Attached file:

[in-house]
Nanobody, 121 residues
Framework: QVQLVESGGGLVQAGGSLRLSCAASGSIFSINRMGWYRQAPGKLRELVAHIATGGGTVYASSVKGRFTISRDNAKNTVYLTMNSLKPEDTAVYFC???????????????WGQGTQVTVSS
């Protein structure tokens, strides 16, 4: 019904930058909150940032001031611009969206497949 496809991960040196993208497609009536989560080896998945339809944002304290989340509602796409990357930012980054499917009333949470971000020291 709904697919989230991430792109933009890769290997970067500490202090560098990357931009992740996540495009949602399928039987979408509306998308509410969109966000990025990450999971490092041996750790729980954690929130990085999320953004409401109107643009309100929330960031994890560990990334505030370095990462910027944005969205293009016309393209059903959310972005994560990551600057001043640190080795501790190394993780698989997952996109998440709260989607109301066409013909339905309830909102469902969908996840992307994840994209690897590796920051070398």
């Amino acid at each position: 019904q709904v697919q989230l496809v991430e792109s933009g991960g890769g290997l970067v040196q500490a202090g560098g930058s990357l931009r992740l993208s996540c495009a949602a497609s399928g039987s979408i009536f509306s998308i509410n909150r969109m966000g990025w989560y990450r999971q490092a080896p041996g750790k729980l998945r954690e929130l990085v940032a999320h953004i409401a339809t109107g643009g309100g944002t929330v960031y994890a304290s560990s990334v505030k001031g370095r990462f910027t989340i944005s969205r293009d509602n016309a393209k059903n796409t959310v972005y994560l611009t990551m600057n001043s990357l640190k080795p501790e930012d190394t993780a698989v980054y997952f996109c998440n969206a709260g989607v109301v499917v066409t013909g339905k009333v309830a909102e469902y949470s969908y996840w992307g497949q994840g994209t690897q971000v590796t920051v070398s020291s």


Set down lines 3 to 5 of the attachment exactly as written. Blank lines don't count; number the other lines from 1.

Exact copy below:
Framework: QVQLVESGGGLVQAGGSLRLSCAASGSIFSINRMGWYRQAPGKLRELVAHIATGGGTVYASSVKGRFTISRDNAKNTVYLTMNSLKPEDTAVYFC???????????????WGQGTQVTVSS
């Protein structure tokens, strides 16, 4: 019904930058909150940032001031611009969206497949 496809991960040196993208497609009536989560080896998945339809944002304290989340509602796409990357930012980054499917009333949470971000020291 709904697919989230991430792109933009890769290997970067500490202090560098990357931009992740996540495009949602399928039987979408509306998308509410969109966000990025990450999971490092041996750790729980954690929130990085999320953004409401109107643009309100929330960031994890560990990334505030370095990462910027944005969205293009016309393209059903959310972005994560990551600057001043640190080795501790190394993780698989997952996109998440709260989607109301066409013909339905309830909102469902969908996840992307994840994209690897590796920051070398």
């Amino acid at each position: 019904q709904v697919q989230l496809v991430e792109s933009g991960g890769g290997l970067v040196q500490a202090g560098g930058s990357l931009r992740l993208s996540c495009a949602a497609s399928g039987s979408i009536f509306s998308i509410n909150r969109m966000g990025w989560y990450r999971q490092a080896p041996g750790k729980l998945r954690e929130l990085v940032a999320h953004i409401a339809t109107g643009g309100g944002t929330v960031y994890a304290s560990s990334v505030k001031g370095r990462f910027t989340i944005s969205r293009d509602n016309a393209k059903n796409t959310v972005y994560l611009t990551m600057n001043s990357l640190k080795p501790e930012d190394t993780a698989v980054y997952f996109c998440n969206a709260g989607v109301v499917v066409t013909g339905k009333v309830a909102e469902y949470s969908y996840w992307g497949q994840g994209t690897q971000v590796t920051v070398s020291s």